Here’s Mychal Denzel Smith’s take on the Canadian performer Drake:
I can appreciate his attempts to disrupt the narrative of hyper-masculine posturing in hip-hop that often expresses itself in violent, sexist, and homophobic ways. But I make this concession on an intellectual level. I don’t actually feel like he has accomplished anything of any true value, regardless of his message. Drake’s music lacks the grit necessary to carry the themes he favors, the grit in the songs about all those things he was supposed to change. The stories don’t feel like his. His connection to them is too distant—and his talent too lacking—to breathe any life into the lyrics and give them full-throated existence.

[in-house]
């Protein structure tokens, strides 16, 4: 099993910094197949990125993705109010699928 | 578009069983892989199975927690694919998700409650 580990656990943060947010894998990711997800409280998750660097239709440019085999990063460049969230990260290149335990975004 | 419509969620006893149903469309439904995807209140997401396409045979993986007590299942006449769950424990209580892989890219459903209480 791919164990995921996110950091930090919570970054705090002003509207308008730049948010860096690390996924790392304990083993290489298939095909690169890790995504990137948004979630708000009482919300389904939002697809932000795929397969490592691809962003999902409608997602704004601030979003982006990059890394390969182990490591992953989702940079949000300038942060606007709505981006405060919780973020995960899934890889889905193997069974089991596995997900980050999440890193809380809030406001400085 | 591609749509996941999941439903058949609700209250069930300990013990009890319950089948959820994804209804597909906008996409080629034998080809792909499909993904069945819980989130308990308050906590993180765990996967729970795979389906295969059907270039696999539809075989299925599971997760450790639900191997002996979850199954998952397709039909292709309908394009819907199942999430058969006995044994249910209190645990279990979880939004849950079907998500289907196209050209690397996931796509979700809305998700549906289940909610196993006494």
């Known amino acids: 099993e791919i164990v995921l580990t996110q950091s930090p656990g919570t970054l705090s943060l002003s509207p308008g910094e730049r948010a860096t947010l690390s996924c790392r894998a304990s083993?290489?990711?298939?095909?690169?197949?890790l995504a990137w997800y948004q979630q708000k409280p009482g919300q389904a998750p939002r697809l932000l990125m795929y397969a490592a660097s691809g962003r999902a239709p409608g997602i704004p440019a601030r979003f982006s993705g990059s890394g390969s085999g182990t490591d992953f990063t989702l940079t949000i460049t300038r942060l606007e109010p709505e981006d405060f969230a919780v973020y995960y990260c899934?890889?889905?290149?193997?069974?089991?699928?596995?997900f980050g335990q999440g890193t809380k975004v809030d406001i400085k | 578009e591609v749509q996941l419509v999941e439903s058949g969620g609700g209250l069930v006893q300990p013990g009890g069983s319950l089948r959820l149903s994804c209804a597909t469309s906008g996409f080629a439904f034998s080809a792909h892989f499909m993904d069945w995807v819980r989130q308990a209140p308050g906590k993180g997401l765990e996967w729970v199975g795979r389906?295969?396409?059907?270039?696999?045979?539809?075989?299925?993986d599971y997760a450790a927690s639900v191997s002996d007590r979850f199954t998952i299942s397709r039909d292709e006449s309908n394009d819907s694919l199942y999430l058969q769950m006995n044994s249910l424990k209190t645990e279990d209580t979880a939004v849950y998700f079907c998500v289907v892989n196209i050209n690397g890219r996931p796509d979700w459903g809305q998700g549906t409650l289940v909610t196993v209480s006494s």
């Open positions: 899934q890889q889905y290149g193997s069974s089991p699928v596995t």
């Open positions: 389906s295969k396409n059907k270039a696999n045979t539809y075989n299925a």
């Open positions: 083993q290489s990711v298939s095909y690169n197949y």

I should be thrilled that the chest-thumping, nut sack-grabbing, false machismo that colors a lot of hip-hop music is largely absent from Drake’s catalog thus far. It should give me hope that it doesn’t sound like he hates the women he’s rapping about. His willingness to discuss feelings of vulnerability, rejection, lust, sadness, regret, and pain should be refreshing and welcome for someone who believes more men need to get in touch with these very emotions.
It should be, but it isn’t. It’s not always about the content; the messenger can sometimes be just as important as the message.